A case is reported of skin pigmentation and associated anemia resulting from persistently repeated cupping therapies performed by an unqualified practitioner in South Korea. Almost 30 sessions of excessive cupping therapies with blood loss over two months yielded little benefit but led the patient to admit a hospital and receive blood transfusion for acquired iron deficiency anemia. Skin pigmentation on the cupping-attached region remained without any subjective discomfort. We suggest the importance of qualified health professionals when receiving cupping treatments.
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A 77-year-old woman visited our hospital of traditional Korean medicine to receive acupuncture treatment for severe, persistent pain in the lower back and right leg region. She had been diagnosed as having lumbar spinal stenosis a year earlier, with poor response to conventional conservative managements. On her initial visit, several circle-shaped skin pigmentations were observed on her anterior and posterior body trunk and both lower extremities (figure 1). No itching or subjective discomforts were reported at the affected sites. She revealed that she had received multiple sessions of dry-cupping therapy over a 2-month period from an unqualified person 3 months before, with no beneficial effects. According to her report, blood-blister formations were observed at the initial treatment after 5 min of dry-cupping therapy. Although this reaction was unanticipated by the practitioner, and such blood-blister formation was observed during most sessions, she was urged by the practitioner to continue treatments. She discontinued dry-cupping therapy because of dyspnoea, which developed after about 30 sessions of dry-cupping therapy. Due to anaemia discovered at a regular health examination undertaken by the patient after cupping therapy, she was admitted to a tertiary hospital. Laboratory findings indicated iron-deficiency anaemia possibly associated with persistent blood loss by cupping therapy, with the following: haemoglobin, 6.2 g/dl; haematocrit, 26.8%, mean cell volume, 68.1 fl; white blood cell count, 3300 cells/μl; platelets, 384 000 cells/μl; serum iron, 96 μg/dl; total iron-binding capacity, 560 μg/dl and serum ferretin, 7.2 ng/ml. Her electrolyte levels, liver/kidney function and lipid profiles were normal. Stool occult blood was not detected. No lung or heart disease was found, either of which could have been responsible for the dyspnoea. After a blood transfusion and intake of oral iron supplements, her dyspnoea and anaemia were corrected. However, skin pigmentation remained on the cupping sites on her body. She is now undergoing a series of acupuncture treatments in our hospital and showing slight improvement in pain symptoms. No adverse events other than minimal bleeding at needling sites has been observed or reported during the acupuncture treatment.
Cupping therapy is a form of complementary and alternative medicine (CAM) in which plastic or glass cups are attached by suction on to the skin. It can be performed with or without bloodletting on the treated region, referred to as wet cupping and dry cupping, respectively. Cupping is commonly practised alone or in combination with acupuncture treatments for various conditions by doctors of traditional Korean medicine.1–3 In Korea, cupping therapy performed by non-medical laypersons is also frequently reported by patients, although there is no exact information on the prevalence of these practices. Adverse events observed after cupping therapy range from blisters and ecchymosis4 to anaemia, cervical epidural abscess and viral infection of punctured sites,5–7 as well as skin lesions such as blisters and pigmentation at treated sites.4 ,8 Several components of the administration of cupping therapy (hygiene level during performance, qualification of practitioners, dose and total sessions of cupping therapy, and the status of puncturing needles and cupping devices) may be responsible for observed adverse events, although most case reports lack reporting of related information. One systematic review found that no serious adverse events were reported in Chinese cupping studies, although their findings are limited due to the low methodological qualities of those studies.9 No adverse effects of cupping were reported when the treatments were conducted by qualified practitioners with a clean wet-cupping technique in a small randomised controlled trial.10 Collectively, a considerable gap exists between current evidence for the safety of cupping therapy and its widespread use.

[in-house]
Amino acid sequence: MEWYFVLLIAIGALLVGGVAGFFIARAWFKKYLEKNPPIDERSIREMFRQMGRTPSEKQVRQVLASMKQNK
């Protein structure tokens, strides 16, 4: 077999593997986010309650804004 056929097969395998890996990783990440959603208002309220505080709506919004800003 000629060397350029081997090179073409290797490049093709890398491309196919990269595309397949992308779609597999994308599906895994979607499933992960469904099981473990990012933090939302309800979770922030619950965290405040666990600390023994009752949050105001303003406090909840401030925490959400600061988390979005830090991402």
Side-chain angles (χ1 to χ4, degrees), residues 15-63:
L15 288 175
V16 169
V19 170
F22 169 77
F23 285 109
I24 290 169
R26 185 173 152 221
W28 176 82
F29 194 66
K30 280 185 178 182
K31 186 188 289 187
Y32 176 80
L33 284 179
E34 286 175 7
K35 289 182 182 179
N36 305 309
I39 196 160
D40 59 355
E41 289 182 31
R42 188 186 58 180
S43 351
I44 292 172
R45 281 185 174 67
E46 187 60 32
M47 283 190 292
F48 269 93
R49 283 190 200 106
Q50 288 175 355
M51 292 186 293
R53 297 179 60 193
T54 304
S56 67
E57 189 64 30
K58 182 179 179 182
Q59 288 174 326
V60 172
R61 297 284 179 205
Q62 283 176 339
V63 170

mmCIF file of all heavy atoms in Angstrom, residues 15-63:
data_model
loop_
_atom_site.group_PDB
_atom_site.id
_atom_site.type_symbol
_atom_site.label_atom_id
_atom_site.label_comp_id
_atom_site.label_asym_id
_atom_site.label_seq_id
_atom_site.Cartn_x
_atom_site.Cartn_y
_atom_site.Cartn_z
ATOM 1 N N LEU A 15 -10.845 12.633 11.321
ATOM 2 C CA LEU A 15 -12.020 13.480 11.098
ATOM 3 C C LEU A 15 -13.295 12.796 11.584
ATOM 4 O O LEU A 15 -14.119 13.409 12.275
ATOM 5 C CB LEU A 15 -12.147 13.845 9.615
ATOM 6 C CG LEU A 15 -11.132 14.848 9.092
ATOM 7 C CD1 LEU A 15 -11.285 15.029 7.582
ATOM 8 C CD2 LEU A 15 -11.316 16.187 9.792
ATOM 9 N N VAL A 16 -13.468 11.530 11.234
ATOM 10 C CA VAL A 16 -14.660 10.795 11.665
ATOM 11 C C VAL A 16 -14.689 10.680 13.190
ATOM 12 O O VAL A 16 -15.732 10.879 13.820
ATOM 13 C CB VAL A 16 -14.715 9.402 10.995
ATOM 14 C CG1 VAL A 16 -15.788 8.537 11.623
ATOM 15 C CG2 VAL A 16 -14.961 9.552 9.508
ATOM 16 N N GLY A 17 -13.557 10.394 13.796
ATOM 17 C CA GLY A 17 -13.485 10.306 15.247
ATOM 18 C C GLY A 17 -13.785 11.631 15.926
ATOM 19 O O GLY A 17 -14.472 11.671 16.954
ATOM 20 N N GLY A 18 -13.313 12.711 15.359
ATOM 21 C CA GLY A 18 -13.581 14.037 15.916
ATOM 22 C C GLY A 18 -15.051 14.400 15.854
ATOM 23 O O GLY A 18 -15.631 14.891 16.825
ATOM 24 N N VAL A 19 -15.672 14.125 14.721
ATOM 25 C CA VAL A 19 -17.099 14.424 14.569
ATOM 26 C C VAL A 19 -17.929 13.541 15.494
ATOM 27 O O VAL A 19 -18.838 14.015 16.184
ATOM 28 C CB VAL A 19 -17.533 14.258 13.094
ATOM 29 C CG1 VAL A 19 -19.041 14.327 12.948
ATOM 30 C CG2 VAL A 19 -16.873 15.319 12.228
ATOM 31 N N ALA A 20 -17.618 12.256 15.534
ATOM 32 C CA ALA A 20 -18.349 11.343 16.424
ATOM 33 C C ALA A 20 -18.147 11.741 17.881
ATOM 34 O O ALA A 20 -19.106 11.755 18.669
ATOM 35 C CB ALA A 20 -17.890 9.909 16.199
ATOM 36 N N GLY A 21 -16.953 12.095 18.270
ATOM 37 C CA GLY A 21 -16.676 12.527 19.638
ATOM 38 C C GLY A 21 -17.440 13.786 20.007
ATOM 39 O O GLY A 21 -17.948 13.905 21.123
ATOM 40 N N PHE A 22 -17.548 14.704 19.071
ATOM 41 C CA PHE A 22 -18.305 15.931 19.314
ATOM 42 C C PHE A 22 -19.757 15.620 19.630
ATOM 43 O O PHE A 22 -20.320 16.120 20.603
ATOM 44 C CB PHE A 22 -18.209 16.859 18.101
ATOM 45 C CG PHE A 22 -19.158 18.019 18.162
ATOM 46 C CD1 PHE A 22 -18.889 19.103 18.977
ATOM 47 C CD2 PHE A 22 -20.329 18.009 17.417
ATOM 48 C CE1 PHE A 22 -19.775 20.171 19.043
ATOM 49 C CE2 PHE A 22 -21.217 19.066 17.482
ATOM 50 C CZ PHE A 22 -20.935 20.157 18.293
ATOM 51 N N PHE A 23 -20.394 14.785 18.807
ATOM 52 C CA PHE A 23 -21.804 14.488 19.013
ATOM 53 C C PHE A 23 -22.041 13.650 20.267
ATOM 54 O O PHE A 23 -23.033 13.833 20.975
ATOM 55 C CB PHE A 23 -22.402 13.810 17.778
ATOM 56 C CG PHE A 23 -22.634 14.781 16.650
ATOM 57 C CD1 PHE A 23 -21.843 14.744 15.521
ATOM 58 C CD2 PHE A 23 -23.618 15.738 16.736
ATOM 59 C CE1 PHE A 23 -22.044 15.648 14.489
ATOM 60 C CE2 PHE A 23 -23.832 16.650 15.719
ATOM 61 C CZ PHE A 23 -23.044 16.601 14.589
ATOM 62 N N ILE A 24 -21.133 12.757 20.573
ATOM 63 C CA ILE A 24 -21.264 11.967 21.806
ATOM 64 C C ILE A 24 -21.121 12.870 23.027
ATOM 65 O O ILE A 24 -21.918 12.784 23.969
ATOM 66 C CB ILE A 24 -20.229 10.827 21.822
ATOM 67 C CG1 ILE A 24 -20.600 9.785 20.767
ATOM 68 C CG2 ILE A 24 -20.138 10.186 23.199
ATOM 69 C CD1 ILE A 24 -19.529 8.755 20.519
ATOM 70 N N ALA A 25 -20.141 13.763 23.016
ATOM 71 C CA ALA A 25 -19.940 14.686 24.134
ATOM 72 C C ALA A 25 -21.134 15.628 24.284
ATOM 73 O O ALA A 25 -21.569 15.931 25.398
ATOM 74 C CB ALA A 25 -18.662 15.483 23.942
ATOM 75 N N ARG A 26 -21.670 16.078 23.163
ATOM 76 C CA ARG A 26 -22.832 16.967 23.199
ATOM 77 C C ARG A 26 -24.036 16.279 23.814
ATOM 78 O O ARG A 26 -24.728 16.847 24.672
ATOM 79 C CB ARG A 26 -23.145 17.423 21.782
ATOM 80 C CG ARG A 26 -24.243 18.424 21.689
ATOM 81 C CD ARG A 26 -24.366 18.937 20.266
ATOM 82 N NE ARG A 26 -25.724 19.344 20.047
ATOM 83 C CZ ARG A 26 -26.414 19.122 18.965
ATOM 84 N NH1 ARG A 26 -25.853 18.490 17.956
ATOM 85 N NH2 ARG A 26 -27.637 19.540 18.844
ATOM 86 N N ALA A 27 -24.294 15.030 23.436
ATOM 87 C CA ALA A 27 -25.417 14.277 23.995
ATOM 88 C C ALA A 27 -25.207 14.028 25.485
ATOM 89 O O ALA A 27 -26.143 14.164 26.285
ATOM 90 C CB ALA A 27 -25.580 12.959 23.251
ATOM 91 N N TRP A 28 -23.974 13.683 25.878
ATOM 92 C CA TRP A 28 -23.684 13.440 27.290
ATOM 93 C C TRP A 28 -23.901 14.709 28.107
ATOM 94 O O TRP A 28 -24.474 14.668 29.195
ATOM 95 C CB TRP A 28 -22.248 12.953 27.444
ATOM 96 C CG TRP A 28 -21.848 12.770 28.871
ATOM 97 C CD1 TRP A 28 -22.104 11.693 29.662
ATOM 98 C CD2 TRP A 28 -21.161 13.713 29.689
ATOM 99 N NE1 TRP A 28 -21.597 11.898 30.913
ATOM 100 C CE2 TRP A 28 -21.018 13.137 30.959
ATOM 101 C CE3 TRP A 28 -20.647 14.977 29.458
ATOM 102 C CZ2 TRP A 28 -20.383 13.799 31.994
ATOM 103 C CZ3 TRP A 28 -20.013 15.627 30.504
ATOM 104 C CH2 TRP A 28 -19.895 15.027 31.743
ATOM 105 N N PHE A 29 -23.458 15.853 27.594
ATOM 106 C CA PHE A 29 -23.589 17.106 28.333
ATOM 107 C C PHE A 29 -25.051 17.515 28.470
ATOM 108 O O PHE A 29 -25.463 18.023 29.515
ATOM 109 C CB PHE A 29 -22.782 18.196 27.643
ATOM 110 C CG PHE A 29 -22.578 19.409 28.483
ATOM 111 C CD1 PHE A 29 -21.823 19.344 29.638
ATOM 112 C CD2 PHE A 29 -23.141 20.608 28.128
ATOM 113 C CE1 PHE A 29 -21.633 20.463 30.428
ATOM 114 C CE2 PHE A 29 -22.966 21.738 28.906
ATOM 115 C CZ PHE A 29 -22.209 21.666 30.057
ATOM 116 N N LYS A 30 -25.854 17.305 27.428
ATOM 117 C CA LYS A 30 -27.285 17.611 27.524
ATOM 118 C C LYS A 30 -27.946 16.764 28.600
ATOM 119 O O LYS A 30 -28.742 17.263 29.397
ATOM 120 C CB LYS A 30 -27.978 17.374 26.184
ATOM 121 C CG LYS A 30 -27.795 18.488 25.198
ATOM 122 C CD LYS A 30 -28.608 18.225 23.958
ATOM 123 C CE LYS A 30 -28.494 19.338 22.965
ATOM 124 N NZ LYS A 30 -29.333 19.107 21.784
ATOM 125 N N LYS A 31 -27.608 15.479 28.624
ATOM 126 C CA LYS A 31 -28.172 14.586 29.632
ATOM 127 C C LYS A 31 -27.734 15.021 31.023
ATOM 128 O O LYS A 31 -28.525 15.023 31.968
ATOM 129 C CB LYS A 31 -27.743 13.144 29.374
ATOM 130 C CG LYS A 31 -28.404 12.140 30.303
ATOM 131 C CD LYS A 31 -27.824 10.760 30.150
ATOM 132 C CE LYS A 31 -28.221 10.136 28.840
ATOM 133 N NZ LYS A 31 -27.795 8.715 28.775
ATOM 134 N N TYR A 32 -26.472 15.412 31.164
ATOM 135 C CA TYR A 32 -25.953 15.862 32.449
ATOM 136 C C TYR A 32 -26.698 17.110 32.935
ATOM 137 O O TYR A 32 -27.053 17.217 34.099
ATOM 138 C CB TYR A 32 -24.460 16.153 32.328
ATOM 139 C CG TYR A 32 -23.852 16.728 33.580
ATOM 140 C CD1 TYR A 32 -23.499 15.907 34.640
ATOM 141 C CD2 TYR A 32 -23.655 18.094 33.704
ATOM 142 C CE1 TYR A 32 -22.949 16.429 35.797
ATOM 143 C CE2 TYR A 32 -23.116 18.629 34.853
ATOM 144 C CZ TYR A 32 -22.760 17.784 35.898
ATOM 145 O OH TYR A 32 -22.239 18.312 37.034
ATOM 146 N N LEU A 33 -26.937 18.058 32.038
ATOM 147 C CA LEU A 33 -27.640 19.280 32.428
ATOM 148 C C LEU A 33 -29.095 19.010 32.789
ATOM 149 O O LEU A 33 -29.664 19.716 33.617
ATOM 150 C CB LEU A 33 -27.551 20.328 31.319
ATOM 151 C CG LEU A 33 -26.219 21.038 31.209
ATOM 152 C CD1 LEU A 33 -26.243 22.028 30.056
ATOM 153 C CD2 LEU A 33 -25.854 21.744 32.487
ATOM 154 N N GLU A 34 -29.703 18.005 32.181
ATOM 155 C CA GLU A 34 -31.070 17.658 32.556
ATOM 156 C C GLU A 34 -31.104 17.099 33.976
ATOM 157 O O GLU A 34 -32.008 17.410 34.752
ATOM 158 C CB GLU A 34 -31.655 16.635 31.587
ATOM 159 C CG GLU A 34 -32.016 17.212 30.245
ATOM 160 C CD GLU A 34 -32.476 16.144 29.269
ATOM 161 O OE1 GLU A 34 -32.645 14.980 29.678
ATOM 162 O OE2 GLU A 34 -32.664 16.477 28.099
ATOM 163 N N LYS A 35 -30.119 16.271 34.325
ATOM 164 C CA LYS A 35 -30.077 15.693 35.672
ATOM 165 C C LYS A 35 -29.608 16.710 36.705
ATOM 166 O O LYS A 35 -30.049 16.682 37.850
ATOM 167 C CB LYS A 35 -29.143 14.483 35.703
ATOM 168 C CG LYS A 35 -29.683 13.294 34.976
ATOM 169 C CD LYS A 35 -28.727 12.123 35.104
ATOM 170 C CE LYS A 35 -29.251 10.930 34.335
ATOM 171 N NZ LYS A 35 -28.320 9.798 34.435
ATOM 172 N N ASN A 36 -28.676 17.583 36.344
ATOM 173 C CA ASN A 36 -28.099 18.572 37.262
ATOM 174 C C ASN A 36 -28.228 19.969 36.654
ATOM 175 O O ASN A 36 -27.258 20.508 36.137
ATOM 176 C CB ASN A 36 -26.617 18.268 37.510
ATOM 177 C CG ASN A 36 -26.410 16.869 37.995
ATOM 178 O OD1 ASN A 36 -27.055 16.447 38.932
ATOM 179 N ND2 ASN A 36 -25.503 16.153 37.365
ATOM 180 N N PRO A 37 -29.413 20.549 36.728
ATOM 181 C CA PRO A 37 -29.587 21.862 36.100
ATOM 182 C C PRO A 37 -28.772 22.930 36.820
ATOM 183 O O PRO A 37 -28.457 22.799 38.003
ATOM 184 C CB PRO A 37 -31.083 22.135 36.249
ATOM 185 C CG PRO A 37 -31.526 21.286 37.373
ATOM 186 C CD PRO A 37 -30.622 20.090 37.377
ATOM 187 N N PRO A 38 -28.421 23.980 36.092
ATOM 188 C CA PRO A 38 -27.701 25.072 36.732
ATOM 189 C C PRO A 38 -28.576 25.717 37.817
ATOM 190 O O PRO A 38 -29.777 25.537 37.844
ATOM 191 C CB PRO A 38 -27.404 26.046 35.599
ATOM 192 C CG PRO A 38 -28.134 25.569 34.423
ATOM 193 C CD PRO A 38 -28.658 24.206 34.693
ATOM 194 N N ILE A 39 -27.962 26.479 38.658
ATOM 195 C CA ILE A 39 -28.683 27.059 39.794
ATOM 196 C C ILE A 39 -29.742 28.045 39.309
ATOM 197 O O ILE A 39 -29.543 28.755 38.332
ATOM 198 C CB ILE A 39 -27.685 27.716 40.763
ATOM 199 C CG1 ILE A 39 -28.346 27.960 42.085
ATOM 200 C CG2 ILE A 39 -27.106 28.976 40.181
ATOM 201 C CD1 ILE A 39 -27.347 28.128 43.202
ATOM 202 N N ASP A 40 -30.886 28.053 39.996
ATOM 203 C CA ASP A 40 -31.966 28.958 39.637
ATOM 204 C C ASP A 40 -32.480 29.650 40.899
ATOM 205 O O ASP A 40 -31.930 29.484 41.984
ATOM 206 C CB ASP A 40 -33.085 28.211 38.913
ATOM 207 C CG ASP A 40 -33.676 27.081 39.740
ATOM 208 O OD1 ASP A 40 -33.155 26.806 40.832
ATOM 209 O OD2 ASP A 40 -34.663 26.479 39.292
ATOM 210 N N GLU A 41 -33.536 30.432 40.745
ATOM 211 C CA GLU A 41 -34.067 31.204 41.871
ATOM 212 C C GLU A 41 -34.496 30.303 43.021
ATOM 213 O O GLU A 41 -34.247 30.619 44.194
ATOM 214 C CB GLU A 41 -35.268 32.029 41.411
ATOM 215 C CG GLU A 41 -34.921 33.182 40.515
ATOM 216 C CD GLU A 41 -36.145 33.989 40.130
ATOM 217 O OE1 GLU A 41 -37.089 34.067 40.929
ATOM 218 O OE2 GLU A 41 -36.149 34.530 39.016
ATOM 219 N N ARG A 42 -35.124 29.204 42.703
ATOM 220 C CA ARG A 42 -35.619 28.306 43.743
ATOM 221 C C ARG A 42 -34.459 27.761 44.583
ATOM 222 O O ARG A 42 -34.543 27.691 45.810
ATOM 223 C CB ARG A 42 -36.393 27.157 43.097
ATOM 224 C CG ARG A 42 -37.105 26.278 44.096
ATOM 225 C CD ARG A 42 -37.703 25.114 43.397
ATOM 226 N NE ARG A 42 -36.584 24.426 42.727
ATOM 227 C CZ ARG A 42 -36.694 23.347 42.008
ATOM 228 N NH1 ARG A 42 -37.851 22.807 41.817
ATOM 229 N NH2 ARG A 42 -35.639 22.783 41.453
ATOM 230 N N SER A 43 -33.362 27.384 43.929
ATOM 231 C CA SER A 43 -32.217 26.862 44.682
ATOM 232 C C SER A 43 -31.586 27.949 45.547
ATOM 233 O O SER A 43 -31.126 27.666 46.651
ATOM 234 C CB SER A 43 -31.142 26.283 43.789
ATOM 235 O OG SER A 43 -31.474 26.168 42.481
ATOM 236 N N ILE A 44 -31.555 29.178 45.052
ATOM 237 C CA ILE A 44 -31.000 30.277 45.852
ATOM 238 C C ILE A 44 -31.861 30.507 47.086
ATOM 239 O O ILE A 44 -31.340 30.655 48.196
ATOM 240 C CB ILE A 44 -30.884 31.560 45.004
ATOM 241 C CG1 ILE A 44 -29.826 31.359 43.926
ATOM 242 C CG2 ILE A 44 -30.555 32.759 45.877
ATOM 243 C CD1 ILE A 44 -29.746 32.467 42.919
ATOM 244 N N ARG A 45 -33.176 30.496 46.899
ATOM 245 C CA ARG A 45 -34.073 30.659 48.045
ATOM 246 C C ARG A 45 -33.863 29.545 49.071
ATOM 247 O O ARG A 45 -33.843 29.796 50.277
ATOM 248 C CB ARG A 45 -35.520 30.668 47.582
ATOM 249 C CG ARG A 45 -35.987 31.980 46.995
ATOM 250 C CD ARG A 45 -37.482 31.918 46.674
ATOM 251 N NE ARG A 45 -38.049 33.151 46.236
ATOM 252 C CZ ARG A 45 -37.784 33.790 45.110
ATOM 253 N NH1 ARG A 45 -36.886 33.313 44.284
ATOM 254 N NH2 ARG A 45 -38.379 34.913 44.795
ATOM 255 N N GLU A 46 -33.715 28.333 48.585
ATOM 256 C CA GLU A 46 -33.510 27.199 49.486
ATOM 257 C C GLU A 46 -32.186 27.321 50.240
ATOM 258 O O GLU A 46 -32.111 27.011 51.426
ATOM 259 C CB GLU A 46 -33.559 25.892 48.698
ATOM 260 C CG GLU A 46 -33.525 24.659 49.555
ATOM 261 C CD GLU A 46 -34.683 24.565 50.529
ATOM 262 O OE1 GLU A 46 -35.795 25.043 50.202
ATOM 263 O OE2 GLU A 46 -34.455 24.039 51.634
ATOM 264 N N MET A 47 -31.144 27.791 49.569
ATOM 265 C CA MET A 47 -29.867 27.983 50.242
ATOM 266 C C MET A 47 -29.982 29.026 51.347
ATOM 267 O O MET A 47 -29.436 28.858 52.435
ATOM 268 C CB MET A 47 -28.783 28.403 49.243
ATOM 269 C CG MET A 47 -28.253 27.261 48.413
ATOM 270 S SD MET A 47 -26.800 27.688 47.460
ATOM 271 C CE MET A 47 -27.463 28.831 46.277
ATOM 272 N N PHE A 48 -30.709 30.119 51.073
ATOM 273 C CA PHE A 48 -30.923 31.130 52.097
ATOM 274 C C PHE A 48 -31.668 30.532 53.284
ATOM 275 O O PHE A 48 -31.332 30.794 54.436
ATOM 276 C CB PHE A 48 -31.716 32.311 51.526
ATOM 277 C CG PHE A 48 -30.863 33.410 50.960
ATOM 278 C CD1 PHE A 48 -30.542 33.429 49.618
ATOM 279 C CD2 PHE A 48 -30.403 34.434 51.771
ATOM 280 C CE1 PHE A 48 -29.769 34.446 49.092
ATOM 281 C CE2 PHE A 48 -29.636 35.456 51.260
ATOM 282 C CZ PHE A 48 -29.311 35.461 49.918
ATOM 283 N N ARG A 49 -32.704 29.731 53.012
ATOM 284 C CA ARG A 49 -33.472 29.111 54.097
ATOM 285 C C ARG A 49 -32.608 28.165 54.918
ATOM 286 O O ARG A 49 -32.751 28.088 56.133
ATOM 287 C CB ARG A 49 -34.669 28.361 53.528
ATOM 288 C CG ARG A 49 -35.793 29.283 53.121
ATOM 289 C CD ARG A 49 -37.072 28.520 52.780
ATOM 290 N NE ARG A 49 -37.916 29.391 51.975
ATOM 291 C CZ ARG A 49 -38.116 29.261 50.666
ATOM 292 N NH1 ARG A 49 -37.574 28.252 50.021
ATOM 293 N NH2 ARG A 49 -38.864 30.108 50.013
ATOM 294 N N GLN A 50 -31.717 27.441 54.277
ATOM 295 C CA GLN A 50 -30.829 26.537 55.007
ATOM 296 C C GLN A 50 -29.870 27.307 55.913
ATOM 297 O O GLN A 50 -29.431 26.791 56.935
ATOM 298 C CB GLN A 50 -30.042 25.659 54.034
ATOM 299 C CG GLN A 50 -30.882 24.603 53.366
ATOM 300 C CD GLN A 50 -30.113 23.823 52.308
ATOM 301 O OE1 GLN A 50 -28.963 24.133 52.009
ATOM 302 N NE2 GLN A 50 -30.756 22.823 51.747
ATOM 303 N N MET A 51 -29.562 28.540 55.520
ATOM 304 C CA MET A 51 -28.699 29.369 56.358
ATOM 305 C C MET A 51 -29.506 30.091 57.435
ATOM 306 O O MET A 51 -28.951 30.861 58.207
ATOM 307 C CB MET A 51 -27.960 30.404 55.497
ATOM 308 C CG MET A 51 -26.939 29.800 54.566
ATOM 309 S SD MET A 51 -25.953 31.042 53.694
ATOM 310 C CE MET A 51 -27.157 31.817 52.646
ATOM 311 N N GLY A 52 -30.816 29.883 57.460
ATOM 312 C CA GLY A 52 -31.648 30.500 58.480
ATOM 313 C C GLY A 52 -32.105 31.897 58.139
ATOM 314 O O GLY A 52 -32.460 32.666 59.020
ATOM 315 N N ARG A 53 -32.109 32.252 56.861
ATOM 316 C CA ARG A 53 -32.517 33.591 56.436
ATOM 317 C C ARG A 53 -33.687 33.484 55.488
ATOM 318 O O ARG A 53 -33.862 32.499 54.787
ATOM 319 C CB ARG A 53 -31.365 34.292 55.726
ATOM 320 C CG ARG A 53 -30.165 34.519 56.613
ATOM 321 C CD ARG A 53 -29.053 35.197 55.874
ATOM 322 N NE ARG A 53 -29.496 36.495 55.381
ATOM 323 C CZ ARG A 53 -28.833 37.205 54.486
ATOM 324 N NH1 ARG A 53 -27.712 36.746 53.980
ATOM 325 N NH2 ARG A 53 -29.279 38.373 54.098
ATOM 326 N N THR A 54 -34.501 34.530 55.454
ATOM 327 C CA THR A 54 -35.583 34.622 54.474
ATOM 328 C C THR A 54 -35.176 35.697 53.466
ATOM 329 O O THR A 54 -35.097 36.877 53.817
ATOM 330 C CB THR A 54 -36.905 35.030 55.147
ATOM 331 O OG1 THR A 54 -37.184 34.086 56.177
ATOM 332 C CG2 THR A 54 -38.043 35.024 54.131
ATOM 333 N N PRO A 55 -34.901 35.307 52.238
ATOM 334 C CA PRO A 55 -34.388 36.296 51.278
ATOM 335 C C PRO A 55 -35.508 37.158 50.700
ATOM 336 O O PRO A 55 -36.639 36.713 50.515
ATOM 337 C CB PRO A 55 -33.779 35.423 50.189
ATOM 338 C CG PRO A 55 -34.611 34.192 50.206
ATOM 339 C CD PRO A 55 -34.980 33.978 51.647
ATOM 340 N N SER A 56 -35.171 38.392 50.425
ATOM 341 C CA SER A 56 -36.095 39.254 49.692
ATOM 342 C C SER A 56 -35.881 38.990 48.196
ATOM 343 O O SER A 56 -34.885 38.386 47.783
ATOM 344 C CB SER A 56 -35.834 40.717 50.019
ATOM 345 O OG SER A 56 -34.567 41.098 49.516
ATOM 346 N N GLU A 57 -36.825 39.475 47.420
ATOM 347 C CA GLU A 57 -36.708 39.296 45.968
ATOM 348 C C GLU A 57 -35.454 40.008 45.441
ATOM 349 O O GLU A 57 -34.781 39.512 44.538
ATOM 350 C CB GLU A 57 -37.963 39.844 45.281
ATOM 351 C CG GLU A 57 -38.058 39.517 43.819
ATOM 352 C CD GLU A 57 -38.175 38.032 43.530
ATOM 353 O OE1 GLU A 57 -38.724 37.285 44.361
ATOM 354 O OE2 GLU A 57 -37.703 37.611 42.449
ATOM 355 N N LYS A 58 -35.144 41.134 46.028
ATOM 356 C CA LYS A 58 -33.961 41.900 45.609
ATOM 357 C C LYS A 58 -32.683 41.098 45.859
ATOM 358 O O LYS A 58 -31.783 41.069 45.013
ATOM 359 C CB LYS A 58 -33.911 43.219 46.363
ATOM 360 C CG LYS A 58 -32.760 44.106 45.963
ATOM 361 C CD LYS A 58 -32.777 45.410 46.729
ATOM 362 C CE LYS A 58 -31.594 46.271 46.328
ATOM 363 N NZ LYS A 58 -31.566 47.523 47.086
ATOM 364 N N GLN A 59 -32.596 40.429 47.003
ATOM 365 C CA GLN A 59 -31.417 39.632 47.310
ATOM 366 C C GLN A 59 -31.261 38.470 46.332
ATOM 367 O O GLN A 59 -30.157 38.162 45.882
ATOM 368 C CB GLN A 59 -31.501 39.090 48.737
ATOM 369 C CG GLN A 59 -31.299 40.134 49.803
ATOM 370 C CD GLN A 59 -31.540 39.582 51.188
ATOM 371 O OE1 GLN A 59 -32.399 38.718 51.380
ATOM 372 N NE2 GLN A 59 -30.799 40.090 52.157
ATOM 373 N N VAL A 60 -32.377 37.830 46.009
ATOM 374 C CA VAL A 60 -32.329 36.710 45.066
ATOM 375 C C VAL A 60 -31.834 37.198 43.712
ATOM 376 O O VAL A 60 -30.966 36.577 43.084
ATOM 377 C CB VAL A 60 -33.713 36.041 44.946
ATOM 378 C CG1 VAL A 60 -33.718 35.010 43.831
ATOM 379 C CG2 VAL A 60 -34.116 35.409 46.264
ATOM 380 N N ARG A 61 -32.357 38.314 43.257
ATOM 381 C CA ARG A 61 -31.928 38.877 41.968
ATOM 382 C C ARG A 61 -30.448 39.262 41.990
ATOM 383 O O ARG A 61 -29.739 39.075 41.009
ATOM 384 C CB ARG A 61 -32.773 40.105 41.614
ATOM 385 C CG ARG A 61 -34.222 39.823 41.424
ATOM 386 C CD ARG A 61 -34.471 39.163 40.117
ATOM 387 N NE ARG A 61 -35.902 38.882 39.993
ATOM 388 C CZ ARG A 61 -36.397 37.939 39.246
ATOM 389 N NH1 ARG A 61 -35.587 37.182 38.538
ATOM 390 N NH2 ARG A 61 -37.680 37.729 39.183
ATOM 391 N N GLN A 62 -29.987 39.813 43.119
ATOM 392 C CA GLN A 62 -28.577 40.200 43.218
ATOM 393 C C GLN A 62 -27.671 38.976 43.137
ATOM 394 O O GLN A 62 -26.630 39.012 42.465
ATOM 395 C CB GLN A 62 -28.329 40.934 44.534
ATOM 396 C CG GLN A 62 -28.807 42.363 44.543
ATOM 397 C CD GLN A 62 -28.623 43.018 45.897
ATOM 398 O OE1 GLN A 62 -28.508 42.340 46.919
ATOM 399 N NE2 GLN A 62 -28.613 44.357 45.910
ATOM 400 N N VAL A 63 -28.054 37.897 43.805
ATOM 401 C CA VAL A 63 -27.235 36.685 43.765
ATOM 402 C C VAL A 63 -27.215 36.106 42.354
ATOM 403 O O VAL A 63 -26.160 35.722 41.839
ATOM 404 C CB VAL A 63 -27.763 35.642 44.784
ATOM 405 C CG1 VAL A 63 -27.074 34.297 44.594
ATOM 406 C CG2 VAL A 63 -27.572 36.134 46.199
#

In this case, the patient was not aware of the risk of cupping therapy administered by a non-medical professional, which had led to her unanticipated hospital admission and skin pigmentation, and had delayed treatments for her painful symptoms. Ill-informed patients who seek CAM due to refractory health conditions are likely to be especially susceptible to the incompetent practice of CAM by unqualified practitioners. Providing the evidence necessary to generate patient-level information about cupping therapy may contribute to the prevention of avoidable adverse events caused by unqualified practitioners. Emphasis should be placed on the importance of working with qualified health professionals when receiving cupping treatments.
Support This study was supported by the clinical research grant from Pusan National University Hospital 2012.
Financial disclosure None.
Patient consent Obtained.
Provenance and peer review Not commissioned; internally peer reviewed.
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